NE senator wants more details on electric bills so 'people know what they're paying for'
NEBRASKA (NTV) —
Do you know what you're really paying the power company for?
You already get itemized bills from gas and cell phone companies, but now one Nebraska senator wants you to have more details on your electricity bill.
"Make sure that people know what they're paying for,” said Sen. Justin Wayne (Dist. 13)
"It's really that simple," said Sen. Wayne.
A bill for a Nebraska Public Power District (NPPD) customer shows they owe $88.13 after taxes, but it's the number labeled "electric charges" that has Sen. Wayne concerned.
At first glance, it looks like $82.36 is the charge for the amount of electricity used that month, but it's not. According to NPPD, this customer used $47.71 of electricity. The rest of this charge is fees and a base rate every customer pays.
Senator Wayne wants this information to be included in every bill, so you know exactly where your money is going.
"If they can do that now, then they should be able to put that on a bill, so you don't have to call," said Sen. Wayne.
"I'm not totally opposed to unbundling, I'm more concerned about the extent of unbundling," said Pat Pope, CEO & President of NPPD
Pope says the language in the legislation is too broad and would require companies to detail information he thinks would only confuse customers and clutter the bill. Pope thinks customers are more concerned about the bottom line.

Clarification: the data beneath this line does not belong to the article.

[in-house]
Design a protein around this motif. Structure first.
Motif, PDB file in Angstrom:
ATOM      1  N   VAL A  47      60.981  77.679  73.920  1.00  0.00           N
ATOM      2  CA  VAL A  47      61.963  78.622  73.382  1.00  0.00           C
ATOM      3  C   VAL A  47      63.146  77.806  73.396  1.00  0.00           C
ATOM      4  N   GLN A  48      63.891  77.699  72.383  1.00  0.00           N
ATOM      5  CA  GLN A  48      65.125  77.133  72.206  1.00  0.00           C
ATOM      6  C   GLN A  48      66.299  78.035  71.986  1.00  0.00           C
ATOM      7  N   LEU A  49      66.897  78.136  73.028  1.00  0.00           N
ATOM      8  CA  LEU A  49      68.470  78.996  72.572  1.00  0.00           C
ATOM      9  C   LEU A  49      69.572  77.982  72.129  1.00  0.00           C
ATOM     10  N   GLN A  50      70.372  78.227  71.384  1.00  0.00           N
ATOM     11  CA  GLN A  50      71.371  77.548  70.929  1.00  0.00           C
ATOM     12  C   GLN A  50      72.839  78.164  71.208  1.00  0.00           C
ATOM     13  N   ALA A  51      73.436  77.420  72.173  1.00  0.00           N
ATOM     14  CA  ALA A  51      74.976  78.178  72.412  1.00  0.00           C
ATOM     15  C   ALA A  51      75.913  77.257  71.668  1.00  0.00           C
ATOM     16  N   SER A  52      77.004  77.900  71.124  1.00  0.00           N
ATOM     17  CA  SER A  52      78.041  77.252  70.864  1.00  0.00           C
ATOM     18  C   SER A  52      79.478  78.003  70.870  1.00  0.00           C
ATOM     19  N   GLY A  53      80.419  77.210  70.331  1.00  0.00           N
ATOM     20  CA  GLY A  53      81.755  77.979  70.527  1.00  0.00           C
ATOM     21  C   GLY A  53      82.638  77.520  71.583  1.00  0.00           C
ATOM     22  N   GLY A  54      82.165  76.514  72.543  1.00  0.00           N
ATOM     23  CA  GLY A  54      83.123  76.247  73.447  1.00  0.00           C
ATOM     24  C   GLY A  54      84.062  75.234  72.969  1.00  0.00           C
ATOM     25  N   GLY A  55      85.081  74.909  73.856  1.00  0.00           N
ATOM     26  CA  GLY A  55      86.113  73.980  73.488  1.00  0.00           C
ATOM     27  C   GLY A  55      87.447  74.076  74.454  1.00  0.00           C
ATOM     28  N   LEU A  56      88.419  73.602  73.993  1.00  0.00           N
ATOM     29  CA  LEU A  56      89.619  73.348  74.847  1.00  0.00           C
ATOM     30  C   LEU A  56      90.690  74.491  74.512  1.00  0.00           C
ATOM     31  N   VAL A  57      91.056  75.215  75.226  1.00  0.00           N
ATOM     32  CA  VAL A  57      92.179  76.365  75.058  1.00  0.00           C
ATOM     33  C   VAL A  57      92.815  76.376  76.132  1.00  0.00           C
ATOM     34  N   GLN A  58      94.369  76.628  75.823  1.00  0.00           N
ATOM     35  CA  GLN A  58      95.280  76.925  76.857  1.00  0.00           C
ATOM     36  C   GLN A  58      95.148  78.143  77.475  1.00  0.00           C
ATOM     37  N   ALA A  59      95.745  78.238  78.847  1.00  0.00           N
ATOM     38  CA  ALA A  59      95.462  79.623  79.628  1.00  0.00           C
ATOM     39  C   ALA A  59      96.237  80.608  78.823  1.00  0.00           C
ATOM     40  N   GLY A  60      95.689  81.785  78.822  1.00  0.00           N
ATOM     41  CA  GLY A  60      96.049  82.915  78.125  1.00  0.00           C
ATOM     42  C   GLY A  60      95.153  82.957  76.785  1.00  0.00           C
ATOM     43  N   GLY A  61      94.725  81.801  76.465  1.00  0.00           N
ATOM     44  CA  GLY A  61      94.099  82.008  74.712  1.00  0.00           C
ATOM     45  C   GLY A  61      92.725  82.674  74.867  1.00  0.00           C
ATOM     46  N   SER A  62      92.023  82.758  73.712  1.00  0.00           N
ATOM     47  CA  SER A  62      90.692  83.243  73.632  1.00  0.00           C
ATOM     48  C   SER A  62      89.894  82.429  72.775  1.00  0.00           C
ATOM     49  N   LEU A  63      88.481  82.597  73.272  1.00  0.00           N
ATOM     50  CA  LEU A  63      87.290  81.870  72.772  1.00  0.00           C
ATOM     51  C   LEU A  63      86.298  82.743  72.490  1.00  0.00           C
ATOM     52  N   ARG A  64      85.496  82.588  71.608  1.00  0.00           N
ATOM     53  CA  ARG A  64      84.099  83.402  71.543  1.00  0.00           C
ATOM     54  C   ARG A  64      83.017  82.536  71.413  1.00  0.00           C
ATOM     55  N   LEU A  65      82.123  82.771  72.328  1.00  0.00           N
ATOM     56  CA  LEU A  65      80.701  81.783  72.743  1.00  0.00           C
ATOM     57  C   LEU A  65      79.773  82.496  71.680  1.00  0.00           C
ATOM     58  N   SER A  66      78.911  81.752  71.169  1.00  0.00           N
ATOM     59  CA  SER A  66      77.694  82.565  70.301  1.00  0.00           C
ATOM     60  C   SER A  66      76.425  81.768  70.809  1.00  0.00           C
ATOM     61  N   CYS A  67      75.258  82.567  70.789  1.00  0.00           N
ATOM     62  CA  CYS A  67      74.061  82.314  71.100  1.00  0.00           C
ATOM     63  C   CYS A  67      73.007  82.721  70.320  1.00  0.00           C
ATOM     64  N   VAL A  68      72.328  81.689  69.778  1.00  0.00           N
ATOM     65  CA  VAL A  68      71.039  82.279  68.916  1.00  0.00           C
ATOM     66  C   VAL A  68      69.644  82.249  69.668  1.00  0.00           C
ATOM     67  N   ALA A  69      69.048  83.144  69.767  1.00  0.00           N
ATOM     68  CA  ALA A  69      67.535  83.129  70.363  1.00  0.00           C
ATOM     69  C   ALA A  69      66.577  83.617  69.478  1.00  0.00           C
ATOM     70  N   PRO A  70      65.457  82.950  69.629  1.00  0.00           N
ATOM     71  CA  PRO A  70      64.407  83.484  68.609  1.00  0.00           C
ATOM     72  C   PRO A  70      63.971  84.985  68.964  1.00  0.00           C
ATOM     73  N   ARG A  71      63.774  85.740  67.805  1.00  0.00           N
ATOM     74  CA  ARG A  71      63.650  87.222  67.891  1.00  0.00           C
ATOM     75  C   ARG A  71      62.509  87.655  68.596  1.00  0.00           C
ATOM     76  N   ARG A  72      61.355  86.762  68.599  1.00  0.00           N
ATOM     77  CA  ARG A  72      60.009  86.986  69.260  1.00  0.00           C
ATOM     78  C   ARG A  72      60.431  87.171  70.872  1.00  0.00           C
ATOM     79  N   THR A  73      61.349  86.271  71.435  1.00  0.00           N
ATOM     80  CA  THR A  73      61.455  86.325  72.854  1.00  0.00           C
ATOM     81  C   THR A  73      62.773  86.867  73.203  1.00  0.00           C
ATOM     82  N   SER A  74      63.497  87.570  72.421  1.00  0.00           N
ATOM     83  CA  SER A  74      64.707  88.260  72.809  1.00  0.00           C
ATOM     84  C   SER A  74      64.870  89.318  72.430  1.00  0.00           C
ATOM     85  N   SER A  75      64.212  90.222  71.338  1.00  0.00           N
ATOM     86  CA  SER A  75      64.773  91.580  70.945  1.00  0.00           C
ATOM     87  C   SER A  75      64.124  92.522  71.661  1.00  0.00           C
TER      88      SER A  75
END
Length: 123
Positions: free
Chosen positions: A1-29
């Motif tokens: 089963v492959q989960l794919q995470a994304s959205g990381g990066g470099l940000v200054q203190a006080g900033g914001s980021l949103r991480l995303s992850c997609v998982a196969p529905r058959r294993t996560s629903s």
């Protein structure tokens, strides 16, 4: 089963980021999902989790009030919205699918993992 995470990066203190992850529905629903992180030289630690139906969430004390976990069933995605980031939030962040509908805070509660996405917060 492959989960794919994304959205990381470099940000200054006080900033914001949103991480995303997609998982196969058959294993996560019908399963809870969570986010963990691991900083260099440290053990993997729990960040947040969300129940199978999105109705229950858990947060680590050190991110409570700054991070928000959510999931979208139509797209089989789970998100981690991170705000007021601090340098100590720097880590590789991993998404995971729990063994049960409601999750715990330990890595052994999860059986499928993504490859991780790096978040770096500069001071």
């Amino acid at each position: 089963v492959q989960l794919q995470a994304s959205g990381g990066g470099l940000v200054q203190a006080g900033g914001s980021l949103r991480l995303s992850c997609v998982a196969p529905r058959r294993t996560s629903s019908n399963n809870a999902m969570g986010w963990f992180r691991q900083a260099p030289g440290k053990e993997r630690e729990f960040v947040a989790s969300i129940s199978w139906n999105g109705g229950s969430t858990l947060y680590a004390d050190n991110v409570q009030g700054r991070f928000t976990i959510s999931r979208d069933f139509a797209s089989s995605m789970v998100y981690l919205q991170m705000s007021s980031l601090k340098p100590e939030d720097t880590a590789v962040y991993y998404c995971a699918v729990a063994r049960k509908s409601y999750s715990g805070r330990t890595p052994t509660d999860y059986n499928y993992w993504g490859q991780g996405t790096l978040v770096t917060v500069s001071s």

"Most people really aren't going to know how to deal with that data, they're not even going to understand what that means in the bigger picture of things," said Pope.
The Nebraska Power Association is also against the proposed law and says some power districts would have to pay for more staff or system upgrades to round up all the information required by this legislation.
"If I call a company and I say, I want to know what my costs are, I would hope right now they should still be able to tell me that," said Sen. Wayne.
Senator Wayne agrees the legislation does call for a lot of information, but he's willing to scale it back if companies believe that would better serve Nebraskans.
"If we can find common ground somewhere, I'm all for that," said Sen. Wayne.
The Nebraska Power Association says instead of creating new state regulation, it would like to see power districts address this with customers at the local level.